By: Mike Muiya
Posted: Jan 22nd, 2019

Very few designers are interested in working with rural communities because of the many challenges that include physical distance, financial challenges, slow communication and unexpected challenges among others. Most designers prefer to do design work for mid to high income clients who pay well mainly because they are at the top of the economic pyramid. This is a good approach as designers get value for their time and resources but in working with rural and cultural communities, such as the Maasai of the Suswa valley, one clearly sees the negative effects the top of the pyramid has on the majority at the bottom of the pyramid in all its beauty.

The effects of the lifestyle of the tourists seen in these communities include waste dumping by individuals or executive lodges on a ranch, fencing that sparks conflicts between stakeholders like ranchers’ vs communities, wildlife vs human conflicts among others. Similar trickle-down effects are also seen in urban settings.

The Ole Ntile hospital project was one where the community learnt skills, building techniques and systems that they would later use to build the first school of its kind in the vast Maasai land. The fact that the project was headed and implemented by the locals built the community’s confidence alongside lasting relationships between the ranch owners, Kenya wildlife service and the community.

The results of the new found relationship were made visible in 2017 when skirmishes over pasture during the drought season erupted in the region between community herders and ranchers. Unlike other ranches, Ole Ntile ranch was not affected because the community had a sense of ownership since they ran the ranch activities, are involved in decision making on development and take a crucial part in the implementation. As a result, cattle rustling and poaching which was common in the area is said to have reduced. The system of communal cooperation can be emulated for community development in the country.

Fredrick Mwaura, who works with street children and people with disability in Nairobi, cites similar challenges. He further states that most problems experienced by the informal settlements in Nairobi, in the streets or among people with disabilities are solvable but innovators or designers are busy catering to the needs of the high end market thus no attention is given to key problems and they persist indefinitely.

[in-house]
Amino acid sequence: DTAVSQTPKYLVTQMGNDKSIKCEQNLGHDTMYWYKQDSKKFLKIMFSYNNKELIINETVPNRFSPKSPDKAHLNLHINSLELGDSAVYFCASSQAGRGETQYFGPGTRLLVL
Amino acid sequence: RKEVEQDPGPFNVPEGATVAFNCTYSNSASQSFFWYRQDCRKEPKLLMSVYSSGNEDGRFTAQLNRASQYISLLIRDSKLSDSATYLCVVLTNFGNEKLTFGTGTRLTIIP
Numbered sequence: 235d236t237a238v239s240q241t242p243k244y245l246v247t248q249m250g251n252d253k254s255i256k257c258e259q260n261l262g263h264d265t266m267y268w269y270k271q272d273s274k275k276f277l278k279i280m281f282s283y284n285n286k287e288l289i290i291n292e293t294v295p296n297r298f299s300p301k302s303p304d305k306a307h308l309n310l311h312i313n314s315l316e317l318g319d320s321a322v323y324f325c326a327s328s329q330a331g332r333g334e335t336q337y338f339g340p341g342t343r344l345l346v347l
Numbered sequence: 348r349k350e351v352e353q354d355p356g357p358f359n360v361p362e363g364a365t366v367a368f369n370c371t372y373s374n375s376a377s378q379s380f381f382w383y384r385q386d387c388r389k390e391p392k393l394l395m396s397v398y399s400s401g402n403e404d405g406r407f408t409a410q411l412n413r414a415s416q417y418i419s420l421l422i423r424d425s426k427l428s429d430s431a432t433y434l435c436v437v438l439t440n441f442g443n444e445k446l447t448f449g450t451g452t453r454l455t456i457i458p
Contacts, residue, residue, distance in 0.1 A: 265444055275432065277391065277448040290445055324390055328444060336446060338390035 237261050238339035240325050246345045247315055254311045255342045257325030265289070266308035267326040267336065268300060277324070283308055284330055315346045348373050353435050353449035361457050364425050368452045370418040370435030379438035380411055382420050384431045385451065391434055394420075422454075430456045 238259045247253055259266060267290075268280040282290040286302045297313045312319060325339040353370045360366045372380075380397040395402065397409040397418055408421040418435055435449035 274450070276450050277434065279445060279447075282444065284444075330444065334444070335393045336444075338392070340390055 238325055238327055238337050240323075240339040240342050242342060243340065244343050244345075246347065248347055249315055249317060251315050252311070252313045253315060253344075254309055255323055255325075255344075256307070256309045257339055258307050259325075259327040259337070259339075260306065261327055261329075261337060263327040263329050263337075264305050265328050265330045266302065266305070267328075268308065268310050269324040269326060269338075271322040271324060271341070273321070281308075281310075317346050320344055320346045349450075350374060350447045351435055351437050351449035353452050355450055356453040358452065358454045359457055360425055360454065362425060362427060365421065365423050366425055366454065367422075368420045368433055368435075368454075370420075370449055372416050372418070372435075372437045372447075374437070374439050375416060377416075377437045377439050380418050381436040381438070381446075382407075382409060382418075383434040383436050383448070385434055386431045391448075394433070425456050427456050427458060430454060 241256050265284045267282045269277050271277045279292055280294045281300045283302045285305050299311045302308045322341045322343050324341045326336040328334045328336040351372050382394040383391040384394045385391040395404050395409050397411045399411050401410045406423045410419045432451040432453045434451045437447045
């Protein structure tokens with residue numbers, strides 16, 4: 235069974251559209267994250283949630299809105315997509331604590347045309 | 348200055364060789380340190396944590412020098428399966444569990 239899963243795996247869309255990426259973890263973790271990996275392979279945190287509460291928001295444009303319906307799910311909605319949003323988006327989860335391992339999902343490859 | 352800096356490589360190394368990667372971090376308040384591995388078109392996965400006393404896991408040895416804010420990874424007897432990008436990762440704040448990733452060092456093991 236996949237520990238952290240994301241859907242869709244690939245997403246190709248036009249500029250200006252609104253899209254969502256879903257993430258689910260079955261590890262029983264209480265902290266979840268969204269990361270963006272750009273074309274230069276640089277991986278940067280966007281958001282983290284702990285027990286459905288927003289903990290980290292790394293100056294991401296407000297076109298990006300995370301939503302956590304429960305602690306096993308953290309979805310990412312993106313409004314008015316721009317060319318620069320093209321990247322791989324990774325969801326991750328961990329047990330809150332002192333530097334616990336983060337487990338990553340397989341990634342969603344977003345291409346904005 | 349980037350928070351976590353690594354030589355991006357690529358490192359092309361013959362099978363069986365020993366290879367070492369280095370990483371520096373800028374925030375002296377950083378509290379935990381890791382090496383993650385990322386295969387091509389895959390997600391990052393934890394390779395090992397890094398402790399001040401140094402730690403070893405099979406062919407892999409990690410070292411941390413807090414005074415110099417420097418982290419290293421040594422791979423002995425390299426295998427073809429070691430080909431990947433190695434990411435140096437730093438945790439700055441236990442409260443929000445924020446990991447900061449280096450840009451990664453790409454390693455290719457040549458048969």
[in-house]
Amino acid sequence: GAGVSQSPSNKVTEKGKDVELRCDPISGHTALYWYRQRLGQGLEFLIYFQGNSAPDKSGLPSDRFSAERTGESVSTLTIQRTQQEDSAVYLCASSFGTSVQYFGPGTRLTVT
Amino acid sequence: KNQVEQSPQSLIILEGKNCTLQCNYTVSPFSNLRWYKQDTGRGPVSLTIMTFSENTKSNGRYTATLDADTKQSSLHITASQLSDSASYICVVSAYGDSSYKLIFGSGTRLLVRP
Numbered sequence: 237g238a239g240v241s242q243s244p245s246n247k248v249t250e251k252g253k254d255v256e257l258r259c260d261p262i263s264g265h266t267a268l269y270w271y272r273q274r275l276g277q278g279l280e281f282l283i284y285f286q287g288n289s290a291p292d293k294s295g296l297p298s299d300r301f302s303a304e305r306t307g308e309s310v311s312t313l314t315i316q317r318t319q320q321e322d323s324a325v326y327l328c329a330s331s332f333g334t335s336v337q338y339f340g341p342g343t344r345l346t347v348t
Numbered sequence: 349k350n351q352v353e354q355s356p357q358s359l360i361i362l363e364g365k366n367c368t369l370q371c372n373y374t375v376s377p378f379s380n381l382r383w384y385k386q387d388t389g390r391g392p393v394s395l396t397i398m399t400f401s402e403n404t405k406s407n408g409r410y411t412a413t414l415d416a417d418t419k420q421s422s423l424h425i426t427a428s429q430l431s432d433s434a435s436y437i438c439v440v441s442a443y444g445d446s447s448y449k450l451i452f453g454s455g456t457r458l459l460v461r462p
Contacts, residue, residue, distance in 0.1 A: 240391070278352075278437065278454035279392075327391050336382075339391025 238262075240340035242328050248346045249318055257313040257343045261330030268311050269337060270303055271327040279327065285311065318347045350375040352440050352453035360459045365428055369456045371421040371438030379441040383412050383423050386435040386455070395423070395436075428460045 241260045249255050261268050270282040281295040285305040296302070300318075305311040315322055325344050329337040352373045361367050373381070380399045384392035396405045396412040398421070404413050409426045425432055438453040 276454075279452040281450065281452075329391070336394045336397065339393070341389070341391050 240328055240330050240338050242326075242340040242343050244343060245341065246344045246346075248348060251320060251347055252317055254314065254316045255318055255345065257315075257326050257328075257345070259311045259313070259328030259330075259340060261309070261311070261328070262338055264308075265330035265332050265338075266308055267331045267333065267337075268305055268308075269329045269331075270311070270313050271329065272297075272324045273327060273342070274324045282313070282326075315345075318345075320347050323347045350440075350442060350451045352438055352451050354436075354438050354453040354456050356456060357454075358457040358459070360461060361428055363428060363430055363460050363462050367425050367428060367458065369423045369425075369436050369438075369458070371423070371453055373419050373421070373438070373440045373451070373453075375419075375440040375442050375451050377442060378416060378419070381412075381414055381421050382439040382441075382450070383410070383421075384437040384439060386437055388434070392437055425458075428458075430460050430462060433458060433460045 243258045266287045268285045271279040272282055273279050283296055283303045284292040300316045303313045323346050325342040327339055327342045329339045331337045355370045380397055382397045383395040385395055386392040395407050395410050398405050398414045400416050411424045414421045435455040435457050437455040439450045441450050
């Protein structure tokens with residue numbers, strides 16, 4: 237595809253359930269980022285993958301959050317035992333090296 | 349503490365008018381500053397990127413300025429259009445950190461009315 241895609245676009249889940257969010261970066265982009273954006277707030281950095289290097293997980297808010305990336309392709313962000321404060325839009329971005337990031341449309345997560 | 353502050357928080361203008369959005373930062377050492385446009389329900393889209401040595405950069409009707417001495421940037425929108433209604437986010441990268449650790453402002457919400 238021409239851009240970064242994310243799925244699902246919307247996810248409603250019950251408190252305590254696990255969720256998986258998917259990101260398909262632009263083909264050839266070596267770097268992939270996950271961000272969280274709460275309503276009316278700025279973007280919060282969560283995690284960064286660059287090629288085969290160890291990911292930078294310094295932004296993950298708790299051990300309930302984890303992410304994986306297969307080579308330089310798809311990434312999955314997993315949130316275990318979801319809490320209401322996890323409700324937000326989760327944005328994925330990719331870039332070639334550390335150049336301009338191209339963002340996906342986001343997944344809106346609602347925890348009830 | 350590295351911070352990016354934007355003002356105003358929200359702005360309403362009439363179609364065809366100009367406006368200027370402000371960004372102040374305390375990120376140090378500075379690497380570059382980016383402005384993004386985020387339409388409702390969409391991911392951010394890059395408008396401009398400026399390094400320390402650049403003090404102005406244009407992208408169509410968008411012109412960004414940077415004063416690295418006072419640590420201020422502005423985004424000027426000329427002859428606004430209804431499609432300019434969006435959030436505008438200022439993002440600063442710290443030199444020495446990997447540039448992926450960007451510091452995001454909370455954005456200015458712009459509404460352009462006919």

Benson Kiptum, Program Manager at the Association for the Physically Disabled of Kenya (APDK) echoes Mwaura’s sentiments saying that this mindsets has ensured that very few designers are working on farm designs or products for farming practices and special needs. Though in reality it is at times hard living or even travel to parts of the rural Kenya or traverse through informal settlements of the cities, the most challenging part is the low allocation of funds to such programs that makes things ever more challenging.

There are key lessons to be learnt by all designers from these assertions:

First off, design is beneficial to everyone and is by far more beneficial to the community and the environment than most designers give attention to.

Second, designers need to challenge themselves to provide solutions for the whole community rather than be selective in practice because sustainability works well and produces better results in balanced social economic and environmental systems.

Third, the best practices of community development are community driven, design can easily become a major development enabler to create sustainable systems that will work for the community. This will in turn offer continuity driven by the creative thinking processes initiated by design.

All in all, there is a great need for designers to think through and find ways to commit resources and personnel to sustainable design ideas and options.


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Mike Muiya is an interior designer & design consultant, working as the Chief Designer at Design Sustain Ltd.

Art, design and love for environment have been at the heart of his eight years of professional practice. He is a highly motivated team player, ambitious and robust designer who offers quality concepts to meet and exceed consumer and environmental needs. A penchant for good craftsmanship offers him the opportunity to produce quality. His life goal is use to research and community participation to sustainably solve design challenges in Afrika and the World.

Contact: mikemuiya@gmail.com